|   3 |    PARTITION RANGE SINGLE                     |                   |   731 | 13158 |     3   (0)| 00:00:01 | 10228 | 10228 |
|   4 |     INDEX FAST FULL SCAN                      | PSAPSTREESELECT05 |   731 | 13158 |     3   (0)| 00:00:01 | 10228 | 10228 |
|   5 |    HASH JOIN                                  |                   |   518 | 41440 | 10404   (1)| 00:00:01 |       |       |
|   6 |     PARTITION RANGE SINGLE                    |                   |   249 |  5727 |     2   (0)| 00:00:01 | 10231 | 10231 |
|   7 |      INDEX FAST FULL SCAN                     | PSAPSTREESELECT10 |   249 |  5727 |     2   (0)| 00:00:01 | 10231 | 10231 |
|   8 |     PARTITION RANGE ITERATOR                  |                   |  7785 |   433K| 10402   (1)| 00:00:01 |    28 |    40 |
|   9 |      TABLE ACCESS BY LOCAL INDEX ROWID BATCHED| PS_X_LEDGER_ACCTS |  7785 |   433K| 10402   (1)| 00:00:01 |    28 |    40 |
|  10 |       SORT CLUSTER BY ROWID BATCHED           |                   |  5373 |       |  5177   (1)| 00:00:01 |       |       |
|  11 |        INDEX SKIP SCAN                        | PS_X_LEDGER_ACCTS |  5373 |       |  5177   (1)| 00:00:01 |    28 |    40 |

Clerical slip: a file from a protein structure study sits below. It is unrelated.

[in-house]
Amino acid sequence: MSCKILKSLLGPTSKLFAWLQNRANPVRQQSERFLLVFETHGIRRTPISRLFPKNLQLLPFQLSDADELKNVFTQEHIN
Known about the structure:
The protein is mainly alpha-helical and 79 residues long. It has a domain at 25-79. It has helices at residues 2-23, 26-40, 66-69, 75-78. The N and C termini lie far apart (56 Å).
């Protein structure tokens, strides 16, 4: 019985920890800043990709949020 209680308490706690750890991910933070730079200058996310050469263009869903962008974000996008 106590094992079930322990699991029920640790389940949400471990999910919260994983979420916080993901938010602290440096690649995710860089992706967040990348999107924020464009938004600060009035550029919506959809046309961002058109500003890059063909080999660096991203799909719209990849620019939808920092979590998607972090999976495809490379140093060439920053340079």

-----------------------------------------------------------------------------------------------------------------------------------
These are the hints I want to introduce (on Oracle 12c).
SELECT /*+OPT_PARAM('parallel_degree_policy','AUTO') OPT_PARAM('parallel_min_time_threshold',2) 
OPT_PARAM('parallel_degree_limit',4) REWRITE PX_JOIN_FILTER(PS_XX_SUM_GCNSL_MV)*/…
  • Use automatic parallel degree, statement queuing and in-memory parallel execution.
  • Invoke parallelism if the statement is estimated to run for at least 2 seconds
  • However, I will also limit the automatic parallelism to a degree of 4
  • Force materialize view rewrite
  • Use a Bloom filter when joining to the materialized view.
I have created a data-driven framework to create the profiles. I have created working storage table to hold details of each force matching signature for which I want to create a profile.
CREATE TABLE dmk_fms_profiles
(force_matching_signature    NUMBER NOT NULL
,sql_id                      VARCHAR2(13) 
,plan_hash_value             NUMBER
,module                      VARCHAR2(64)